One of Ireland's greatest contemporary writers turns her attention to one of the country's greatest novelists: James Joyce and his relationship with Nora Barnacle - in celebration of the 100th anniversary of the iconic classic ULYSSES.
'Both Joyce and O'Brien have a gift for beauty distilled . . . a work of love'
'Short, poetic and powerful'
It was June 10th, Barnacle Day. He saw her in Nassau Street and they stopped to talk. She thought his blue eyes were those of a Norseman. He was twenty-two, and she, Nora Barnacle, was twenty and employed as a chambermaid in Finn's Hotel. They agreed to meet on June 14th, outside No. 1 Merrion Square, the home of Sir William Wilde, but Nora did not turn up. After a dejected letter from Joyce they met on June 16th, a date which came to be immortalized in literature as Bloomsday.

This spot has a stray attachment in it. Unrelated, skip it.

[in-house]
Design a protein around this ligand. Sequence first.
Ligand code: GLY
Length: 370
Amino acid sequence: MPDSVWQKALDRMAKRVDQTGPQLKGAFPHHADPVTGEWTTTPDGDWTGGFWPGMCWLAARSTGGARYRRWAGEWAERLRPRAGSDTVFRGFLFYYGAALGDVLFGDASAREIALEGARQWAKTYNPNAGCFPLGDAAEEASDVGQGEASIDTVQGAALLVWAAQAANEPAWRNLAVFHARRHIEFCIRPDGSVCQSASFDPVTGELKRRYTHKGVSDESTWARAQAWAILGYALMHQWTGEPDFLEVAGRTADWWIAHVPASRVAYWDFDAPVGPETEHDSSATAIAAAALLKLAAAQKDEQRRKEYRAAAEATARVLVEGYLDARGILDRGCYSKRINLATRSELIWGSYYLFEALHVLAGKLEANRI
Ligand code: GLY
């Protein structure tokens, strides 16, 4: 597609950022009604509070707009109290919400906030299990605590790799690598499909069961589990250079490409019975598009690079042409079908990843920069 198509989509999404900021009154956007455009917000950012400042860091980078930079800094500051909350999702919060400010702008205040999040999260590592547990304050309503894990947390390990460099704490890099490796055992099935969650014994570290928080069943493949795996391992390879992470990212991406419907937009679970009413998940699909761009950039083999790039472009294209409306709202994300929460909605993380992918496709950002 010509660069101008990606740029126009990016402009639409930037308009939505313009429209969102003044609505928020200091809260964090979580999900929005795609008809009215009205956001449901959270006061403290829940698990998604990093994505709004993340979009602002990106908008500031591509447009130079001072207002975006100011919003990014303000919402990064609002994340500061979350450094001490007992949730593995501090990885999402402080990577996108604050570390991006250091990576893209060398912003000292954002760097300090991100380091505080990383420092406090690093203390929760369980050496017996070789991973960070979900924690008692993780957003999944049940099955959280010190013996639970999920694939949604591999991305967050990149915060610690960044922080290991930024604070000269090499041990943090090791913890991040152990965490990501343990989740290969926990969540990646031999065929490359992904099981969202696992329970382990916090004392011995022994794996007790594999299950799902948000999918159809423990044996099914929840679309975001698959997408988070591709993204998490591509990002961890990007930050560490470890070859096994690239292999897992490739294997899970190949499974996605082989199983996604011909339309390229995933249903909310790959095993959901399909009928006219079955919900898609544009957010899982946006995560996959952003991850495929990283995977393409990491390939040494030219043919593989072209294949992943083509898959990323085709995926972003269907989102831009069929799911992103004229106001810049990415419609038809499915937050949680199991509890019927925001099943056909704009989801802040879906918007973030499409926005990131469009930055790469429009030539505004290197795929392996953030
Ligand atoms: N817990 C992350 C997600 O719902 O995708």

Edna O'Brien paints a miniature portrait of an artist, idealist, insurgent and filled with a secret loneliness. In Nora, he was to find accomplice, collaborator and muse. For all their sexual escalations, Joyce considered their relationship 'a kind of sacrament'. Their life was one of wandering, emotional upheaval and poverty. It was also one that was binding and mysterious, and defied all the mores of intimacy.
In prose brimming with life and energy, Edna O'Brien resurrects a relationship of magnificent intensity on the page, and in doing so shows herself to be touched by the genius of the writer she loves above all others.